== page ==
RONALD REAGAN: 1911-2004
Media's praise of Reagan may soon subside
By ERIC DEGGANS, Times TV/Media Critic
With the death of a president, journalism observes a grace period free of negatives, analysts say.
Published June 11, 2004
As major news coverage begins this morning of President Ronald Reagan's funeral in Washington, D.C. - the first such ceremony for a head of state in 30 years - media experts predict a deluge of positive commentary sure to revive charges that journalists have overly lionized a controversial leader.
But MSNBC anchor Keith Olbermann had a different take on the days of largely complimentary media reports since Reagan's death Saturday, and fitful recent attempts to offer more balanced memories.
He was surprised the criticism surfaced this fast.
"What you're seeing is the quickest shift in media coverage and general tone in the death of a popular president I've ever seen," said Olbermann, who anchored about four hours of the cable channel's Reagan coverage Saturday. "(It's) the quickest beginning of critical analysis in history."
Still, critics have accused mainstream media sources - particularly network and cable television - of glossing over important facts and rewriting history, marginalizing those most harmed by Reagan administration policies.
The liberal media analysis group, Fairness and Accuracy in Reporting, has decried early coverage declaring Reagan the most popular president ever to leave office, citing Gallup poll data showing Bill Clinton and George H.W. Bush among five former presidents with higher approval ratings upon retirement.
"We're seeing a regular syndrome . . . a media that is far too uncritical of the powerful, coming out afterward like a drunk on a bender, saying "Woe is us, we didn't ask enough tough questions,' " said Steve Rendall, a senior analyst at FAIR.
But CNN anchor Aaron Brown remains unapologetic for coverage on his show NewsNight that he admits started out less critical of Reagan's legacy.
"Saturday was not a day to analyze the record. . . . (Reagan) had died, and his death was the story," said Brown. "It's not like this was a one-day story. We knew we were going to be in this for a full week, and it would all get said."
For Brown, such balance comes in trying to meet modern-day TV journalism's two roles: as a source of news and an outlet for emotional release.
"Part of what we should do is examine the record," he said. "We also exist as a place for people to come and share this national moment. We come to television to be a part of that national experience."
Indeed, CNN Tuesday presented a debate between two African-American columnists about Reagan's controversial legacy on race, while National Public Radio covered similar ground Thursday. ABC's Nightline Wednesday offered a half-hour report balancing critics (black people and AIDS activists) with Reagan fans.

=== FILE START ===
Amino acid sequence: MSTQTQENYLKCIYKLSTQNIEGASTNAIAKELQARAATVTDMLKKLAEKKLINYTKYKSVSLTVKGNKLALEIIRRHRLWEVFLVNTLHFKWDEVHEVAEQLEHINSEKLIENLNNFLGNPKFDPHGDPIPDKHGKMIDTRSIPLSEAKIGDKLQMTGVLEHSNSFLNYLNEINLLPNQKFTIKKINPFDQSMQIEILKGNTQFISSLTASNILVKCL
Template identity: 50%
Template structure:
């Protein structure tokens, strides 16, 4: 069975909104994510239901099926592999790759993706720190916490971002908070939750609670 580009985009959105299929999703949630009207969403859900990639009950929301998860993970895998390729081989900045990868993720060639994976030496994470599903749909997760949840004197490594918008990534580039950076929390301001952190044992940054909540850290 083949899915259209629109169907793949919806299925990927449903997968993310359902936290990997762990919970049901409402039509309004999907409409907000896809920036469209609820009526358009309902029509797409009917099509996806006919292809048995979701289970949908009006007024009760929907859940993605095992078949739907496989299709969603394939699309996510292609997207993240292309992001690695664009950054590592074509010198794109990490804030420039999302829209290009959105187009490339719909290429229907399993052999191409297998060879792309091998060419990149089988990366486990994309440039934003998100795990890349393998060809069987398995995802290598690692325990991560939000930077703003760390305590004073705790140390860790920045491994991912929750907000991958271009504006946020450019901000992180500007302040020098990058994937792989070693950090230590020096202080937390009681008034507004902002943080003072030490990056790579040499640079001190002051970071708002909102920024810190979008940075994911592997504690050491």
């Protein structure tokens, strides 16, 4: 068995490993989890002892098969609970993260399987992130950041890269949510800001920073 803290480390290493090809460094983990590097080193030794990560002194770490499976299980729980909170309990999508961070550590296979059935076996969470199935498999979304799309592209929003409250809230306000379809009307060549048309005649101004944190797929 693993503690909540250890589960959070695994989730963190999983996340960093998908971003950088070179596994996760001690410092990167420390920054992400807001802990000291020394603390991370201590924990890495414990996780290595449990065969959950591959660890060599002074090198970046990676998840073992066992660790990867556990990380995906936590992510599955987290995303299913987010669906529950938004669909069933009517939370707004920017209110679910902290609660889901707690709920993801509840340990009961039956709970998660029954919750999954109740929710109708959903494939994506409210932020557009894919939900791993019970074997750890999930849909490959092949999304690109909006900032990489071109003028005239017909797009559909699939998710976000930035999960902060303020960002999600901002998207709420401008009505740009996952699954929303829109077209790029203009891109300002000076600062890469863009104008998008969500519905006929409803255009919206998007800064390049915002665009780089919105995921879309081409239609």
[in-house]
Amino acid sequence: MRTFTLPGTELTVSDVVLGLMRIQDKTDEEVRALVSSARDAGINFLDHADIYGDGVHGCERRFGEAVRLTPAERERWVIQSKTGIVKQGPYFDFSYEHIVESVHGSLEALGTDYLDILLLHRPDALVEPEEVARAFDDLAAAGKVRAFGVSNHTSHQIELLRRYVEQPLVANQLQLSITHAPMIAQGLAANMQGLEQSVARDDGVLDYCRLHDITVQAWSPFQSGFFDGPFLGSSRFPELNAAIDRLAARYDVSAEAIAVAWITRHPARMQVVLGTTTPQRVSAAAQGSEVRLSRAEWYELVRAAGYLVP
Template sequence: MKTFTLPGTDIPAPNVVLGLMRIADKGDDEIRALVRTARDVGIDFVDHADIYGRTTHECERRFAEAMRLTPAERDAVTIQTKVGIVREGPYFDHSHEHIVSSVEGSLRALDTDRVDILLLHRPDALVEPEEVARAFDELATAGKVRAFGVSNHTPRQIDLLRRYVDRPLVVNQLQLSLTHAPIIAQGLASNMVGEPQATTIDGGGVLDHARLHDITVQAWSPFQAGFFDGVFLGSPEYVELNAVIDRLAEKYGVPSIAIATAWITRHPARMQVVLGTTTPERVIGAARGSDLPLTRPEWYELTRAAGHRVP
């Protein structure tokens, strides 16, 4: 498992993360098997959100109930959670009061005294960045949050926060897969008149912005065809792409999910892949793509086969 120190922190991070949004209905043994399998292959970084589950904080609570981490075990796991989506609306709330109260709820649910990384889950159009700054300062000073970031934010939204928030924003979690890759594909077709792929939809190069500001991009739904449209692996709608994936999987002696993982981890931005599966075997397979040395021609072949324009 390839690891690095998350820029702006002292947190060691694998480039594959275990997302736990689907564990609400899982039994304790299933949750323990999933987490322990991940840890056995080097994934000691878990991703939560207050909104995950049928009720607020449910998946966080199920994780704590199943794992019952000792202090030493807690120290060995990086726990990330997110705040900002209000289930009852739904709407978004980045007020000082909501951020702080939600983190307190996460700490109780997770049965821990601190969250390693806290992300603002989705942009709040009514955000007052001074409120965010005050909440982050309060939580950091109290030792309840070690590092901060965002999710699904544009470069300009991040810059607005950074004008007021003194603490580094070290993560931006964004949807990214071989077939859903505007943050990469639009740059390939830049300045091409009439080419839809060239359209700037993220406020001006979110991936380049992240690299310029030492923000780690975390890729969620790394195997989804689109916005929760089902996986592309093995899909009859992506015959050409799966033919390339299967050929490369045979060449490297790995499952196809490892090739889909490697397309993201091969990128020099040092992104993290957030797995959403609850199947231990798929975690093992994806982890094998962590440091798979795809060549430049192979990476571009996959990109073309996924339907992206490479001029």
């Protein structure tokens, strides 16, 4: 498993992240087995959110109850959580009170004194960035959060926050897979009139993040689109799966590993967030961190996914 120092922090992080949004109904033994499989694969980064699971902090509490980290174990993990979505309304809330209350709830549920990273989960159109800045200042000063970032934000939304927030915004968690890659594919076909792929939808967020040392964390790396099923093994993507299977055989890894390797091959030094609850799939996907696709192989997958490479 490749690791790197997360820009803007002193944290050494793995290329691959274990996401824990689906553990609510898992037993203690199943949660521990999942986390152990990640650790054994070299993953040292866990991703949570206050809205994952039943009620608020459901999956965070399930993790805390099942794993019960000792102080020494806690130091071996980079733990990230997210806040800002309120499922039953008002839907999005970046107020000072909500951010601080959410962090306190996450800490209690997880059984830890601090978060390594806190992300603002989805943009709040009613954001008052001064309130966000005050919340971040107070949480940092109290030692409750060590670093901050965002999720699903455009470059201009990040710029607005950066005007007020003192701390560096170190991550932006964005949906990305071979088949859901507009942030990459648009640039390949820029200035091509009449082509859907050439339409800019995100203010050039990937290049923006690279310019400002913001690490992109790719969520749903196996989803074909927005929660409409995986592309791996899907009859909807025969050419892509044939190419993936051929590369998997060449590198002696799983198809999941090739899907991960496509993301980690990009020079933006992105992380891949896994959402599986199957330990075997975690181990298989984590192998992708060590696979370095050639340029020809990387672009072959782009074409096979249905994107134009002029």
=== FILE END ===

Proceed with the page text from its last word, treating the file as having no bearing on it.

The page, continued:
Olbermann blamed the changing coverage on today's lightning-fast media culture.
"The mourning period for presidents like (Franklin Delano) Roosevelt and (John F.) Kennedy was much longer. . . . It was decades," he said. "(Because) today's news cycle is so accelerated . . . it feels like he's been dead all this time and we've barely talked about (his drawbacks)."
Other likely factors:
Even Reagan's opponents wouldn't speak ill of him.
Journalists, who often rely on political opponents to air criticisms in news stories, found Democrats largely unwilling to speak ill of Reagan's legacy, for fear of looking insensitive during an important election year. And even political foes admitted they liked Reagan personally.
"You're not going to get Tom Daschle, or anybody in a political race to bash the guy," said Tom Rosenstiel of the Project for Excellence in Journalism, a Washington, D.C.-based think tank. "After you've said all the wonderful things you can say, then you reach a phase where there's a course correction. . . . (And if) journalists feel they somehow went overboard, (they will) toughen up."
Reagan died on a weekend.
Because his death was announced late Saturday, following rumors Friday that he was gravely ill, TV could easily pre-empt prime-time shows and offer amped up coverage.
"The sheer amount of it took everyone by surprise," said media analyst Andrew Tyndall. "It just went on and on. And when it got to a certain volume . . . the corrective comments had to come."
Separating Reagan's rhetoric from his actions was tough.
He talked about racial harmony, while opposing affirmative action. He decried negotiating with terrorists, but faced a major scandal involving negotiations to trade arms for American hostages with Iran.
Making such distinctions amid eulogizing Reagan proved difficult, said Leroy Sievers, executive producer of Nightline.
"There's a natural tendency not to speak ill of the dead," Sievers said. "That has changed over the past couple of days. As more and more people spoke up, there's a sense that we really need to (be more critical)."
Any undue criticism of Reagan could bring accusation of liberal bias.
Olbermann, Brown and Sievers denied any concern over such accusations. But Rosenstiel noted funeral eulogies for Reagan offered journalists a chance to safely compliment a conservative political icon.
"It will be interesting to see whether journalism we're seeing on Reagan's death becomes the accepted, revised view of the Reagan presidency - almost an unalloyed positive - or a momentary tribute," he added.
[Last modified June 11, 2004, 00:03:22]
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